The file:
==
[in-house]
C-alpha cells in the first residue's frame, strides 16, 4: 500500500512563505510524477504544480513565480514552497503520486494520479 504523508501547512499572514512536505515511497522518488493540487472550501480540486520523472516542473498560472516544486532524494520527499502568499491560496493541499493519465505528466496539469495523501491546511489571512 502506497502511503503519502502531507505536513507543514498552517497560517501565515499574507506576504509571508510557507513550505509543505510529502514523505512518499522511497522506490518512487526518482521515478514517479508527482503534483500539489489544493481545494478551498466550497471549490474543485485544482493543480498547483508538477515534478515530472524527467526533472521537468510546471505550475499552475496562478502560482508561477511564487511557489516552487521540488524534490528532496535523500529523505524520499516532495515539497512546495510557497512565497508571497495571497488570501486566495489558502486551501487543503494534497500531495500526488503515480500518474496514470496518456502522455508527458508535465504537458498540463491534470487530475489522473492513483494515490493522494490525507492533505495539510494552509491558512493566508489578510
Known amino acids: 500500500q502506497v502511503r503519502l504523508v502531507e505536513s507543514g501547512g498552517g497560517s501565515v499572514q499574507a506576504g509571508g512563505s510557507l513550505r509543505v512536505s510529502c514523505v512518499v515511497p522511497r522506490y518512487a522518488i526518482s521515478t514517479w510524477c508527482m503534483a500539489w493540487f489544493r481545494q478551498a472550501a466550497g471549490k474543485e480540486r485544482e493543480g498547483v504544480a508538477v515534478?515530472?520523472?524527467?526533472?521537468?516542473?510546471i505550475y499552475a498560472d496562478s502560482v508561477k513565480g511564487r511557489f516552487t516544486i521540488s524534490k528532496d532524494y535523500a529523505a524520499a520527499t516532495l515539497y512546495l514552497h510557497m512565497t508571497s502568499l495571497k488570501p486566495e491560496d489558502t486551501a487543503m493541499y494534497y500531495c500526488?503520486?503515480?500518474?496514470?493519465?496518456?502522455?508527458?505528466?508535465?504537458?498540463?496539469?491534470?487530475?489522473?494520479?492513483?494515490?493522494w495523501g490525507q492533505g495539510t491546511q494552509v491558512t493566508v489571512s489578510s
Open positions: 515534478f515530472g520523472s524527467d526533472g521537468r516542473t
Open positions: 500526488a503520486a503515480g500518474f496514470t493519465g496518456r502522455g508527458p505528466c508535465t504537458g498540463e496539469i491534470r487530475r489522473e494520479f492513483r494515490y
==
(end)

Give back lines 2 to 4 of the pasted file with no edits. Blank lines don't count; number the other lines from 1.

C-alpha cells in the first residue's frame, strides 16, 4: 500500500512563505510524477504544480513565480514552497503520486494520479 504523508501547512499572514512536505515511497522518488493540487472550501480540486520523472516542473498560472516544486532524494520527499502568499491560496493541499493519465505528466496539469495523501491546511489571512 502506497502511503503519502502531507505536513507543514498552517497560517501565515499574507506576504509571508510557507513550505509543505510529502514523505512518499522511497522506490518512487526518482521515478514517479508527482503534483500539489489544493481545494478551498466550497471549490474543485485544482493543480498547483508538477515534478515530472524527467526533472521537468510546471505550475499552475496562478502560482508561477511564487511557489516552487521540488524534490528532496535523500529523505524520499516532495515539497512546495510557497512565497508571497495571497488570501486566495489558502486551501487543503494534497500531495500526488503515480500518474496514470496518456502522455508527458508535465504537458498540463491534470487530475489522473492513483494515490493522494490525507492533505495539510494552509491558512493566508489578510
Known amino acids: 500500500q502506497v502511503r503519502l504523508v502531507e505536513s507543514g501547512g498552517g497560517s501565515v499572514q499574507a506576504g509571508g512563505s510557507l513550505r509543505v512536505s510529502c514523505v512518499v515511497p522511497r522506490y518512487a522518488i526518482s521515478t514517479w510524477c508527482m503534483a500539489w493540487f489544493r481545494q478551498a472550501a466550497g471549490k474543485e480540486r485544482e493543480g498547483v504544480a508538477v515534478?515530472?520523472?524527467?526533472?521537468?516542473?510546471i505550475y499552475a498560472d496562478s502560482v508561477k513565480g511564487r511557489f516552487t516544486i521540488s524534490k528532496d532524494y535523500a529523505a524520499a520527499t516532495l515539497y512546495l514552497h510557497m512565497t508571497s502568499l495571497k488570501p486566495e491560496d489558502t486551501a487543503m493541499y494534497y500531495c500526488?503520486?503515480?500518474?496514470?493519465?496518456?502522455?508527458?505528466?508535465?504537458?498540463?496539469?491534470?487530475?489522473?494520479?492513483?494515490?493522494w495523501g490525507q492533505g495539510t491546511q494552509v491558512t493566508v489571512s489578510s
Open positions: 515534478f515530472g520523472s524527467d526533472g521537468r516542473t